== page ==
Throughout World War I the Harwich Force, a large fleet of Royal Navy light cruisers and destroyers, was commanded by Admiral Sir Reginald Tyrwhitt and, as a result of a BBC television feature on the surrender of the German U Boat fleet in 1918, the Harwich Society welcomed his grandson, Reggie Tyrwhitt and his wife, Charlotte, to Harwich last week.
The BBC programme had included an interview with the Harwich Society’s vice chairman, David Whittle, and resulted in an exchange of correspondence and information that led to the visit. During their day in Harwich David Whittle gave Reggie and Charlotte a tour of Historic Harwich including the Beacon Hill Fort which would have featured heavily in the admiral’s time of command and photos and documents were exchanged. As a result the Harwich Society’s archive now contains personal letters from the admiral for which the Society is very grateful.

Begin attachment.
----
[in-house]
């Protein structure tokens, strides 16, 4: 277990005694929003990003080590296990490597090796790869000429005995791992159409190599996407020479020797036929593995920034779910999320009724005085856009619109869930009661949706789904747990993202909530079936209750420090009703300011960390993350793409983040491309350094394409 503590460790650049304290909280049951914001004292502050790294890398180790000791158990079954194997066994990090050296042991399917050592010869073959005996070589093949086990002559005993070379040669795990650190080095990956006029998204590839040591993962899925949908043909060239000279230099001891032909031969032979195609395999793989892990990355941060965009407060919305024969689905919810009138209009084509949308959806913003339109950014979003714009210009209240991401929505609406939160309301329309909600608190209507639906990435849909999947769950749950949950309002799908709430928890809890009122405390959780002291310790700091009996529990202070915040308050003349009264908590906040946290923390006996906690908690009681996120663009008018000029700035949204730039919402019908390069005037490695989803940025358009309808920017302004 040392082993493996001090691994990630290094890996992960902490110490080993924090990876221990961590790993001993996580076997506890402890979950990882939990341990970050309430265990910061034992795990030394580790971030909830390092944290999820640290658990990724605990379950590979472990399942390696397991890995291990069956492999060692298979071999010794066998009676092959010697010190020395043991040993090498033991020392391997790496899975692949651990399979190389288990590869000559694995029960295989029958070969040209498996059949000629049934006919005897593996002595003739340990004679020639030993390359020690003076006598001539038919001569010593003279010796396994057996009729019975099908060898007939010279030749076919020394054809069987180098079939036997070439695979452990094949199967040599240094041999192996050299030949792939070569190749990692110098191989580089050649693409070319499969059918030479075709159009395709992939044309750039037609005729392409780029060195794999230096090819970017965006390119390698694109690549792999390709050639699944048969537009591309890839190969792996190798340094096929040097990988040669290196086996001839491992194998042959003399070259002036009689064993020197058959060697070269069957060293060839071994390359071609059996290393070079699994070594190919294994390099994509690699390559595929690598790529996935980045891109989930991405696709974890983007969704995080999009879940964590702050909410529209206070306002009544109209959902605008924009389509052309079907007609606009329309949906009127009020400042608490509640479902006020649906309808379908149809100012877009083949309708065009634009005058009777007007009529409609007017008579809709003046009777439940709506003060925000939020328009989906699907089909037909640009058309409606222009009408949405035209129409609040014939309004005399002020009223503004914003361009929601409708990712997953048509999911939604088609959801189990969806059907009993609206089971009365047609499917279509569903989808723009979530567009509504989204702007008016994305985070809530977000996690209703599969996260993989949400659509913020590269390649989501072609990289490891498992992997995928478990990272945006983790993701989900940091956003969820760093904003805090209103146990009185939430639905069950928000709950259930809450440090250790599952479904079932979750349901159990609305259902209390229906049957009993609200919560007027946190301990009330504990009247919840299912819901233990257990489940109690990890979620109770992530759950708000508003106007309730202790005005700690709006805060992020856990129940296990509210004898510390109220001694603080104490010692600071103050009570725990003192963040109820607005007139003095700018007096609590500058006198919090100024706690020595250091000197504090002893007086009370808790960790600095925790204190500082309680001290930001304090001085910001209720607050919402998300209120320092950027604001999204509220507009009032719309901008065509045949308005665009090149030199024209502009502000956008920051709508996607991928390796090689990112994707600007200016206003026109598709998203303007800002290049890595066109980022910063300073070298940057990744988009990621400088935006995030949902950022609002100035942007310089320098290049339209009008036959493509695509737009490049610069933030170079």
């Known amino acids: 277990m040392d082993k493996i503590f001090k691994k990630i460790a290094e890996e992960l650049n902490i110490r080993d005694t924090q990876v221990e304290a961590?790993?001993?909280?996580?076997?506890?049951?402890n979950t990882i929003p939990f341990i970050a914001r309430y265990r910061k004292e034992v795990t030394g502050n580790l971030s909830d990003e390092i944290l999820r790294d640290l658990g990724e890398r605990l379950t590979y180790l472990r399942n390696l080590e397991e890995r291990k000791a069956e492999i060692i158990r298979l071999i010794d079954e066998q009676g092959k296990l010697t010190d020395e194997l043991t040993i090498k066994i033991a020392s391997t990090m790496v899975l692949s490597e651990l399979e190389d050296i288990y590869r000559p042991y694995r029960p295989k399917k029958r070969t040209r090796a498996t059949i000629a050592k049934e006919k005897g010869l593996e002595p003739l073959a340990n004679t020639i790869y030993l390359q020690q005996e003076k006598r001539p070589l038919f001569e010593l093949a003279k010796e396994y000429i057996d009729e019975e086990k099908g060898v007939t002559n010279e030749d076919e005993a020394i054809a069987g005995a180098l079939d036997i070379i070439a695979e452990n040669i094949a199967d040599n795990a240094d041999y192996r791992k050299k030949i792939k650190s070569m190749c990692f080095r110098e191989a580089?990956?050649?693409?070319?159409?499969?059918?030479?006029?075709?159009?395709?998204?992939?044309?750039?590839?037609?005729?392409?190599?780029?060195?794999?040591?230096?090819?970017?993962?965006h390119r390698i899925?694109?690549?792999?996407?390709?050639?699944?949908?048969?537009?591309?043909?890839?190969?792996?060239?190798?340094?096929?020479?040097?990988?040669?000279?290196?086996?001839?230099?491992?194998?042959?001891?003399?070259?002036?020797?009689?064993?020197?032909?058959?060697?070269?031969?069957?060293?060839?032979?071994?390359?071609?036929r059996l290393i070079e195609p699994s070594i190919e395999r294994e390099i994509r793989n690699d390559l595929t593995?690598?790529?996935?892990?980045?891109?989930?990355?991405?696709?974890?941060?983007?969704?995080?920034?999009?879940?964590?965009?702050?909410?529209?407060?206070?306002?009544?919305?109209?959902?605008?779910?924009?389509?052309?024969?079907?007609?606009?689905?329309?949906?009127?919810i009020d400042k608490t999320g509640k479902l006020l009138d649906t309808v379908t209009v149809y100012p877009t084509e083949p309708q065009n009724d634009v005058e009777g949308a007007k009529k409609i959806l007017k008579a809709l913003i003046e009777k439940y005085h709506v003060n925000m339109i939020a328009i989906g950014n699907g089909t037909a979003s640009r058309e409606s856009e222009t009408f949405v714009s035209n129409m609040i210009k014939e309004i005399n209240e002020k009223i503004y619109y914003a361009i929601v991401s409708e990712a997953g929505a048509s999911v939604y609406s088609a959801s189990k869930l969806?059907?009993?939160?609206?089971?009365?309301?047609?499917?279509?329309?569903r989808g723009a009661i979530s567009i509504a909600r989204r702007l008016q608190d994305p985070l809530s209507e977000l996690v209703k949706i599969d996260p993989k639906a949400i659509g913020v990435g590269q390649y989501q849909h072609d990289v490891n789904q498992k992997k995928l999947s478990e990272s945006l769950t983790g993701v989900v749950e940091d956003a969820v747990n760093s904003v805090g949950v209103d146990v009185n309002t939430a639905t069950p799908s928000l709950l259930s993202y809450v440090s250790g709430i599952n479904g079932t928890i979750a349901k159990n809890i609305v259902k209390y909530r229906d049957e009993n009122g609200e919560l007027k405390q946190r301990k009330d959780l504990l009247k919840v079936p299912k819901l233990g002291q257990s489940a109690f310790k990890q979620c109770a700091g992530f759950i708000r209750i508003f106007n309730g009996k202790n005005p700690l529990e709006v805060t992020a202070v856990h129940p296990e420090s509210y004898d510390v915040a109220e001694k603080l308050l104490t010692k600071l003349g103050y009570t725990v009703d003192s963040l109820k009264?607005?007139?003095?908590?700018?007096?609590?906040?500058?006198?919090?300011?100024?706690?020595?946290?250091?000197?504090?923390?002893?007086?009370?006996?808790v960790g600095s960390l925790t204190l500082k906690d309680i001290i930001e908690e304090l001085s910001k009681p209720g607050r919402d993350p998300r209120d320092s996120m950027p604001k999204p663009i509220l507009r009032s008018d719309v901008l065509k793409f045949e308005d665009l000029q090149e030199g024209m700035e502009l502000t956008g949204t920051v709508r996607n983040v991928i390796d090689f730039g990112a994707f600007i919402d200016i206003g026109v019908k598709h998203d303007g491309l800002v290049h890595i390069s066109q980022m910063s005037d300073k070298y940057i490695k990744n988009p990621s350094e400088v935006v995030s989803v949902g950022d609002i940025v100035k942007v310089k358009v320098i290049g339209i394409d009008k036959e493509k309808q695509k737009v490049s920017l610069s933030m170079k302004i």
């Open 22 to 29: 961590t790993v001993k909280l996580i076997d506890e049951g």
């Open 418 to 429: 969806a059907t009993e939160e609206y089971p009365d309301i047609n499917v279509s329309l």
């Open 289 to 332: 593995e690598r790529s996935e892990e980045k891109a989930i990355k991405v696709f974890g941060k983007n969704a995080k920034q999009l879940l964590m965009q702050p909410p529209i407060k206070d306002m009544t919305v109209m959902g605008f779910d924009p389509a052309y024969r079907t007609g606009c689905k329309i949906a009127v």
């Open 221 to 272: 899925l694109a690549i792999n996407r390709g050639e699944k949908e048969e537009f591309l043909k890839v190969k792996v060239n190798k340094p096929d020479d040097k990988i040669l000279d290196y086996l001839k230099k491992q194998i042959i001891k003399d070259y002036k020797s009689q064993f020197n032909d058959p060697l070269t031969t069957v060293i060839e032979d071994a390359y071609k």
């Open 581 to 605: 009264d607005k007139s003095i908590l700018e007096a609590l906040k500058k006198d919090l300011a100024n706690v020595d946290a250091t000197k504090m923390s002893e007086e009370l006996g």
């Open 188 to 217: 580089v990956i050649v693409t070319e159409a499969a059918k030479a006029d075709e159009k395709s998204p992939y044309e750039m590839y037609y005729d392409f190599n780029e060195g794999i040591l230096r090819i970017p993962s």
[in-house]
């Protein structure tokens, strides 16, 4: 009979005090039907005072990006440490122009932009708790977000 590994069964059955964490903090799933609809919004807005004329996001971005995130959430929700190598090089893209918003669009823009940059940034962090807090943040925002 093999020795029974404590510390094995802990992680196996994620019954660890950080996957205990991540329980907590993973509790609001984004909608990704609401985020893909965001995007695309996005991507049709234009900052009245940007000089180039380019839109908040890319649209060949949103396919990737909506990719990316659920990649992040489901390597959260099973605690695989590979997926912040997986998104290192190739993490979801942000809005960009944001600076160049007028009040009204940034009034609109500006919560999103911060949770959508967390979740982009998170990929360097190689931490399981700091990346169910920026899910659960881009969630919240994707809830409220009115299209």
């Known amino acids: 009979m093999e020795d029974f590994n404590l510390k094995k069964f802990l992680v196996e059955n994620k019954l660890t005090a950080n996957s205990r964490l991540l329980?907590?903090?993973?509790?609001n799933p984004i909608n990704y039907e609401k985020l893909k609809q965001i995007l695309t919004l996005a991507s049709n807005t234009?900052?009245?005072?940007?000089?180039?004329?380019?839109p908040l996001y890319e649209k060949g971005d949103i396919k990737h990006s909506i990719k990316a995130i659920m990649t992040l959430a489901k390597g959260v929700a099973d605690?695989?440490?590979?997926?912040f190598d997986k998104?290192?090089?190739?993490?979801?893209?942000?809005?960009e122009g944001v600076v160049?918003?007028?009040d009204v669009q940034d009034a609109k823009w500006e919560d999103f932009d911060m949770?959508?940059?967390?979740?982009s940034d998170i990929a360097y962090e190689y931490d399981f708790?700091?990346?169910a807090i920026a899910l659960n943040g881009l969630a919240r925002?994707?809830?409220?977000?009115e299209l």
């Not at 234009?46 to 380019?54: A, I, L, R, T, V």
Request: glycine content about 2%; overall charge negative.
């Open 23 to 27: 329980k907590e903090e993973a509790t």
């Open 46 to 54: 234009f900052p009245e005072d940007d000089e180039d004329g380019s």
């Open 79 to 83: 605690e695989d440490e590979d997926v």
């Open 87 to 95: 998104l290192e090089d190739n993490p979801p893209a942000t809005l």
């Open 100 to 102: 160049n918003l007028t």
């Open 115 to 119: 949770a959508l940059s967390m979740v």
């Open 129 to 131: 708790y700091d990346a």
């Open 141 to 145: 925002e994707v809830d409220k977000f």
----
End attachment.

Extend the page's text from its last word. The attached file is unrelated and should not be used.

David Whittle says, “Admiral Sir Reginald Tyrwhitt is a very significant figure within Harwich’s role in World War I and it was a privilege to meet his grandson and to increase our knowledge and archive material on the admiral. In return, Reggie and Charlotte were able to see the places that featured so heavily in the admiral’s life throughout the war.”
The admiral’s command oversaw a number of important naval encounters during World War I including the first shot fired at sea and the surrender of the German U Boat fleet at Harwich in 1918. This resulted in 168 German U Boats being moored in Harwich Harbour.
“The admiral was clearly very well liked and respected and it is said that he only took three weeks leave throughout the entirety of the war,” continued David Whittle. “The waters off Harwich and the town itself would have been central to his life at this time and it was a pleasure to see the connection between Harwich and the Tyrwhitt family renewed through this visit.”
For further information please contact
David Whittle on 01255 506183
Garry Calver on 01255 551940